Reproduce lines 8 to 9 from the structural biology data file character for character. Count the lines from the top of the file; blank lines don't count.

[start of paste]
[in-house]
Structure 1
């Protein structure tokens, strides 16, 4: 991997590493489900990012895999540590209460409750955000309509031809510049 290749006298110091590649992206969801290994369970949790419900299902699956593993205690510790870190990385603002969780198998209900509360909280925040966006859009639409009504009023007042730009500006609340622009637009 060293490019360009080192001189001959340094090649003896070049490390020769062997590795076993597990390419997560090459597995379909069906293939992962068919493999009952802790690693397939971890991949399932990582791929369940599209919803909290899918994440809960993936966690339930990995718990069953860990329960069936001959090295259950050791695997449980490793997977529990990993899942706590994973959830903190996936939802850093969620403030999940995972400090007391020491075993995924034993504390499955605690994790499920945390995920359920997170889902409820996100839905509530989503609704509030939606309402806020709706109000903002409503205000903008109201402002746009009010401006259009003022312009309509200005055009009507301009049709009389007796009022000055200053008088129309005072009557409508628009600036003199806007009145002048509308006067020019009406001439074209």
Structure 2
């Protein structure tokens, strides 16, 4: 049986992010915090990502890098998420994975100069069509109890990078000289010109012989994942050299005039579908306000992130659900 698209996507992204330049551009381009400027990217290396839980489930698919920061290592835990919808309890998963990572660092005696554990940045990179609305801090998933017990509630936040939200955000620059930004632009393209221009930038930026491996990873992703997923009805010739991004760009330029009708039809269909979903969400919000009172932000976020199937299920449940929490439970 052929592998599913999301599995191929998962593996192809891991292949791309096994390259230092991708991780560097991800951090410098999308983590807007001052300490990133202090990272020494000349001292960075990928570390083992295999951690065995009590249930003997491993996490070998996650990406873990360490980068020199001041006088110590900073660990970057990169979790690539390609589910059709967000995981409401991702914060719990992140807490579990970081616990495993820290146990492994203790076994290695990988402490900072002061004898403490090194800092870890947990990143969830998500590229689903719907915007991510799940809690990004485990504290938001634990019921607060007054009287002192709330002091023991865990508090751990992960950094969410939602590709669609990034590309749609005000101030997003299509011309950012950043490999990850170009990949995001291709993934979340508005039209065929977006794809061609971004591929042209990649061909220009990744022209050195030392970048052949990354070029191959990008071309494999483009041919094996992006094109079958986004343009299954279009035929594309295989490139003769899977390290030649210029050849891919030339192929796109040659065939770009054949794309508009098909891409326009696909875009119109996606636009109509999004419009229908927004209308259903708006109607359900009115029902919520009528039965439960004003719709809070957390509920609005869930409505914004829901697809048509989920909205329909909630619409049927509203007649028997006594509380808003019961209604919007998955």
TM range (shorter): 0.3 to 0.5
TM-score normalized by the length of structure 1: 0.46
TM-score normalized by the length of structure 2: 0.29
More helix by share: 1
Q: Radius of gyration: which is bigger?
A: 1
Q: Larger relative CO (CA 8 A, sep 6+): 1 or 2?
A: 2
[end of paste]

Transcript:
TM-score normalized by the length of structure 2: 0.29
More helix by share: 1